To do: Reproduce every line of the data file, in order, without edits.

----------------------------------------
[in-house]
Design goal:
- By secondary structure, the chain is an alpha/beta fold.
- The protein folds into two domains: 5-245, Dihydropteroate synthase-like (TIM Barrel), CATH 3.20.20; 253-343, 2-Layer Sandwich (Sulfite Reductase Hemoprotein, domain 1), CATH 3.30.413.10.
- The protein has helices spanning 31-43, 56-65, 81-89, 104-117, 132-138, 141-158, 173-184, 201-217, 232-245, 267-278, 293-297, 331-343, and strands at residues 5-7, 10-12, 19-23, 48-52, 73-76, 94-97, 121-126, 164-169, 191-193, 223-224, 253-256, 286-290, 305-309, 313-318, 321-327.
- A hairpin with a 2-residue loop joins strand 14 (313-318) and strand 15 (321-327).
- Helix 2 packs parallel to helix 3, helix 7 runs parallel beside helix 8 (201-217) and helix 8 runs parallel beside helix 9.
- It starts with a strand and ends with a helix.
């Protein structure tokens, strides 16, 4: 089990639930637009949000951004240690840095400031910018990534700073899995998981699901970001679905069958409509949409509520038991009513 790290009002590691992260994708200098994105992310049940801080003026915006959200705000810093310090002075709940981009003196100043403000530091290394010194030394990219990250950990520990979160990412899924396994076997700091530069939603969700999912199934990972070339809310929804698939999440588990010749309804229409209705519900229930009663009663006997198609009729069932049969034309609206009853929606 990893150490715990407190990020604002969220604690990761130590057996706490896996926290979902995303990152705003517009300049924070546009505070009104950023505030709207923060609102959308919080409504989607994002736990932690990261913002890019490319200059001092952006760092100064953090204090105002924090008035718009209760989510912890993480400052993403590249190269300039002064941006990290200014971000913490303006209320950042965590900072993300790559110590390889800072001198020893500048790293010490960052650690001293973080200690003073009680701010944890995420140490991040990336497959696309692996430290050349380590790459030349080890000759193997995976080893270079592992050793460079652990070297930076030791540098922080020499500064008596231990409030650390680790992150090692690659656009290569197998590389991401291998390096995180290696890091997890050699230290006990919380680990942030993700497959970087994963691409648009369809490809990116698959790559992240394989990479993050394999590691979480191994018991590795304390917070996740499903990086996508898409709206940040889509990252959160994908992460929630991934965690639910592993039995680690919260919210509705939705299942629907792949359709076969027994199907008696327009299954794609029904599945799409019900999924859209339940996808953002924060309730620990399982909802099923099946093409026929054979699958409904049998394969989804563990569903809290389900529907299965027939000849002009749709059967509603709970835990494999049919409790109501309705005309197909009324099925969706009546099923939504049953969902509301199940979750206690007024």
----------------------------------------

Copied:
[in-house]
Design goal:
- By secondary structure, the chain is an alpha/beta fold.
- The protein folds into two domains: 5-245, Dihydropteroate synthase-like (TIM Barrel), CATH 3.20.20; 253-343, 2-Layer Sandwich (Sulfite Reductase Hemoprotein, domain 1), CATH 3.30.413.10.
- The protein has helices spanning 31-43, 56-65, 81-89, 104-117, 132-138, 141-158, 173-184, 201-217, 232-245, 267-278, 293-297, 331-343, and strands at residues 5-7, 10-12, 19-23, 48-52, 73-76, 94-97, 121-126, 164-169, 191-193, 223-224, 253-256, 286-290, 305-309, 313-318, 321-327.
- A hairpin with a 2-residue loop joins strand 14 (313-318) and strand 15 (321-327).
- Helix 2 packs parallel to helix 3, helix 7 runs parallel beside helix 8 (201-217) and helix 8 runs parallel beside helix 9.
- It starts with a strand and ends with a helix.
């Protein structure tokens, strides 16, 4: 089990639930637009949000951004240690840095400031910018990534700073899995998981699901970001679905069958409509949409509520038991009513 790290009002590691992260994708200098994105992310049940801080003026915006959200705000810093310090002075709940981009003196100043403000530091290394010194030394990219990250950990520990979160990412899924396994076997700091530069939603969700999912199934990972070339809310929804698939999440588990010749309804229409209705519900229930009663009663006997198609009729069932049969034309609206009853929606 990893150490715990407190990020604002969220604690990761130590057996706490896996926290979902995303990152705003517009300049924070546009505070009104950023505030709207923060609102959308919080409504989607994002736990932690990261913002890019490319200059001092952006760092100064953090204090105002924090008035718009209760989510912890993480400052993403590249190269300039002064941006990290200014971000913490303006209320950042965590900072993300790559110590390889800072001198020893500048790293010490960052650690001293973080200690003073009680701010944890995420140490991040990336497959696309692996430290050349380590790459030349080890000759193997995976080893270079592992050793460079652990070297930076030791540098922080020499500064008596231990409030650390680790992150090692690659656009290569197998590389991401291998390096995180290696890091997890050699230290006990919380680990942030993700497959970087994963691409648009369809490809990116698959790559992240394989990479993050394999590691979480191994018991590795304390917070996740499903990086996508898409709206940040889509990252959160994908992460929630991934965690639910592993039995680690919260919210509705939705299942629907792949359709076969027994199907008696327009299954794609029904599945799409019900999924859209339940996808953002924060309730620990399982909802099923099946093409026929054979699958409904049998394969989804563990569903809290389900529907299965027939000849002009749709059967509603709970835990494999049919409790109501309705005309197909009324099925969706009546099923939504049953969902509301199940979750206690007024």